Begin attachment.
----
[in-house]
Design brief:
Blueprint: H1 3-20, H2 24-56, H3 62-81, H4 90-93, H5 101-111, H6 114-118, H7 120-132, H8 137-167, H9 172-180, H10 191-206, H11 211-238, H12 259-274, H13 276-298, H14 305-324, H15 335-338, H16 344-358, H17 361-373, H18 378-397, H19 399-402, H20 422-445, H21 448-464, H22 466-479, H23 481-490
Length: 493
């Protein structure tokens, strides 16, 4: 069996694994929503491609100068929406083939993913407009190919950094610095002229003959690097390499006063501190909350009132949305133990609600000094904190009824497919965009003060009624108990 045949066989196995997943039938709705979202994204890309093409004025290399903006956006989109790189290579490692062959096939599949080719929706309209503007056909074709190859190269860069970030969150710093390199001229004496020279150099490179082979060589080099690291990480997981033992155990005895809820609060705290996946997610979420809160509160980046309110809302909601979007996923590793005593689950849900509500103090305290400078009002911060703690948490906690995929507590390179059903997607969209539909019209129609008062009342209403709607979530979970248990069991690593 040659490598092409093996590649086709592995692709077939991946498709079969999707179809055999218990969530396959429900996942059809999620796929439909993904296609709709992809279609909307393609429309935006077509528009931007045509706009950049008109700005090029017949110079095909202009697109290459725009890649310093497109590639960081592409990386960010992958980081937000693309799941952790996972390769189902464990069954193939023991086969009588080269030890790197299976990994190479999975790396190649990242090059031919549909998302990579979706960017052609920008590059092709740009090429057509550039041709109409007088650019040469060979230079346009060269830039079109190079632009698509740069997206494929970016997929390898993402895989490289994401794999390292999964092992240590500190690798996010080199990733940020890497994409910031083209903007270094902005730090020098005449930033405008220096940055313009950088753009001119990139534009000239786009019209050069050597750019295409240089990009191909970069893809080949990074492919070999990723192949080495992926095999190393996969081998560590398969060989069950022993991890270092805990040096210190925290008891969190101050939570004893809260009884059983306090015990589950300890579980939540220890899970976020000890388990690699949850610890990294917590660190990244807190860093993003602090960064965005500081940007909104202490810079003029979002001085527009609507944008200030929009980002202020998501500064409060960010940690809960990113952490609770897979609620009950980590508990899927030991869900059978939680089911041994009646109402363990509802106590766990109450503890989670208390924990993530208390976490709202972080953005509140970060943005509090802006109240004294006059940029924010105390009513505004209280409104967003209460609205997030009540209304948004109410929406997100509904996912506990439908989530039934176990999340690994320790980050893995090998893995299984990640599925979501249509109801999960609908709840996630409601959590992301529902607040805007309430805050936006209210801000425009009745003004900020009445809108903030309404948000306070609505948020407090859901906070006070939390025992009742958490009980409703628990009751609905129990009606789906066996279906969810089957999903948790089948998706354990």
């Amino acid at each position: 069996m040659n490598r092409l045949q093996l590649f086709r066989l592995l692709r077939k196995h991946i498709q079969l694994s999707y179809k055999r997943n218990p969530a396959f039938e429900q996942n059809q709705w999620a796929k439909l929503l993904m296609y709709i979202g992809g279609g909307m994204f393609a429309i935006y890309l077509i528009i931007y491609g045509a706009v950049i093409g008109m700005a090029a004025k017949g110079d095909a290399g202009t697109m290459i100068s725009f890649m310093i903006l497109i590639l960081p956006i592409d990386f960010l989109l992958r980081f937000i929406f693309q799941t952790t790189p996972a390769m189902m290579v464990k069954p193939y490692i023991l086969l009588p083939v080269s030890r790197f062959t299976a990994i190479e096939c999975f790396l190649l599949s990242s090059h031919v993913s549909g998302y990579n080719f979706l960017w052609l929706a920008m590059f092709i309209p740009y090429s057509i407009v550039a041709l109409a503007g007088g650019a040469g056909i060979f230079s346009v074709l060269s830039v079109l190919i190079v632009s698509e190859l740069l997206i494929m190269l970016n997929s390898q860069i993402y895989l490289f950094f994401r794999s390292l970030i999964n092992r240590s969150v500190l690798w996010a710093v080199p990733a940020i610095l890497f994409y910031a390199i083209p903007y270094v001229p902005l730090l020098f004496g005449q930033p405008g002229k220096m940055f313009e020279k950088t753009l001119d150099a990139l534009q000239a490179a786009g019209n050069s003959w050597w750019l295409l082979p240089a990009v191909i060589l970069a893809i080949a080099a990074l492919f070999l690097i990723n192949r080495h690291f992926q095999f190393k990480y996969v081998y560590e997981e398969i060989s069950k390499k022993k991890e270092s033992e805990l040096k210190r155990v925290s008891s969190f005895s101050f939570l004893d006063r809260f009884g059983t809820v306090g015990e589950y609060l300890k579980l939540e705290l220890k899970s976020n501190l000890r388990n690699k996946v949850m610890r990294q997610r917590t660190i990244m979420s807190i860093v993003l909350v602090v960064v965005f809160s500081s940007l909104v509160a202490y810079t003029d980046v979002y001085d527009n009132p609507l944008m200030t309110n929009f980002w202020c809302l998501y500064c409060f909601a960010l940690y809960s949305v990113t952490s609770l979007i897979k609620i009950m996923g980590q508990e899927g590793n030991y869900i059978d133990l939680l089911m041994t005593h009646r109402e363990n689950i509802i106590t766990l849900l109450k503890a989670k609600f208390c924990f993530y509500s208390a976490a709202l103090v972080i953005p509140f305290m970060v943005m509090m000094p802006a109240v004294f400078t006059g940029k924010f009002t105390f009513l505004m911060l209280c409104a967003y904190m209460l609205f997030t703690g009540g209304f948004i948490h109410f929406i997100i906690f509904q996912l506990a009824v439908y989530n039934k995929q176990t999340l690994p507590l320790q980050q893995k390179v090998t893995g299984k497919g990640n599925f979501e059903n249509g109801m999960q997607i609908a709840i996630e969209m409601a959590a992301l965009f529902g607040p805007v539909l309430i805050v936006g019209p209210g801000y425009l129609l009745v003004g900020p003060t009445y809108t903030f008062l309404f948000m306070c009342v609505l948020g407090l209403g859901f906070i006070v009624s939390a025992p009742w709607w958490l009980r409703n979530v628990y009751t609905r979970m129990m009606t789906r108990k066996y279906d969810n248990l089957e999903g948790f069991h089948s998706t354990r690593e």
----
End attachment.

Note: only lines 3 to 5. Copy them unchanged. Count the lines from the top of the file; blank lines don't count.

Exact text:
Blueprint: H1 3-20, H2 24-56, H3 62-81, H4 90-93, H5 101-111, H6 114-118, H7 120-132, H8 137-167, H9 172-180, H10 191-206, H11 211-238, H12 259-274, H13 276-298, H14 305-324, H15 335-338, H16 344-358, H17 361-373, H18 378-397, H19 399-402, H20 422-445, H21 448-464, H22 466-479, H23 481-490
Length: 493
């Protein structure tokens, strides 16, 4: 069996694994929503491609100068929406083939993913407009190919950094610095002229003959690097390499006063501190909350009132949305133990609600000094904190009824497919965009003060009624108990 045949066989196995997943039938709705979202994204890309093409004025290399903006956006989109790189290579490692062959096939599949080719929706309209503007056909074709190859190269860069970030969150710093390199001229004496020279150099490179082979060589080099690291990480997981033992155990005895809820609060705290996946997610979420809160509160980046309110809302909601979007996923590793005593689950849900509500103090305290400078009002911060703690948490906690995929507590390179059903997607969209539909019209129609008062009342209403709607979530979970248990069991690593 040659490598092409093996590649086709592995692709077939991946498709079969999707179809055999218990969530396959429900996942059809999620796929439909993904296609709709992809279609909307393609429309935006077509528009931007045509706009950049008109700005090029017949110079095909202009697109290459725009890649310093497109590639960081592409990386960010992958980081937000693309799941952790996972390769189902464990069954193939023991086969009588080269030890790197299976990994190479999975790396190649990242090059031919549909998302990579979706960017052609920008590059092709740009090429057509550039041709109409007088650019040469060979230079346009060269830039079109190079632009698509740069997206494929970016997929390898993402895989490289994401794999390292999964092992240590500190690798996010080199990733940020890497994409910031083209903007270094902005730090020098005449930033405008220096940055313009950088753009001119990139534009000239786009019209050069050597750019295409240089990009191909970069893809080949990074492919070999990723192949080495992926095999190393996969081998560590398969060989069950022993991890270092805990040096210190925290008891969190101050939570004893809260009884059983306090015990589950300890579980939540220890899970976020000890388990690699949850610890990294917590660190990244807190860093993003602090960064965005500081940007909104202490810079003029979002001085527009609507944008200030929009980002202020998501500064409060960010940690809960990113952490609770897979609620009950980590508990899927030991869900059978939680089911041994009646109402363990509802106590766990109450503890989670208390924990993530208390976490709202972080953005509140970060943005509090802006109240004294006059940029924010105390009513505004209280409104967003209460609205997030009540209304948004109410929406997100509904996912506990439908989530039934176990999340690994320790980050893995090998893995299984990640599925979501249509109801999960609908709840996630409601959590992301529902607040805007309430805050936006209210801000425009009745003004900020009445809108903030309404948000306070609505948020407090859901906070006070939390025992009742958490009980409703628990009751609905129990009606789906066996279906969810089957999903948790089948998706354990």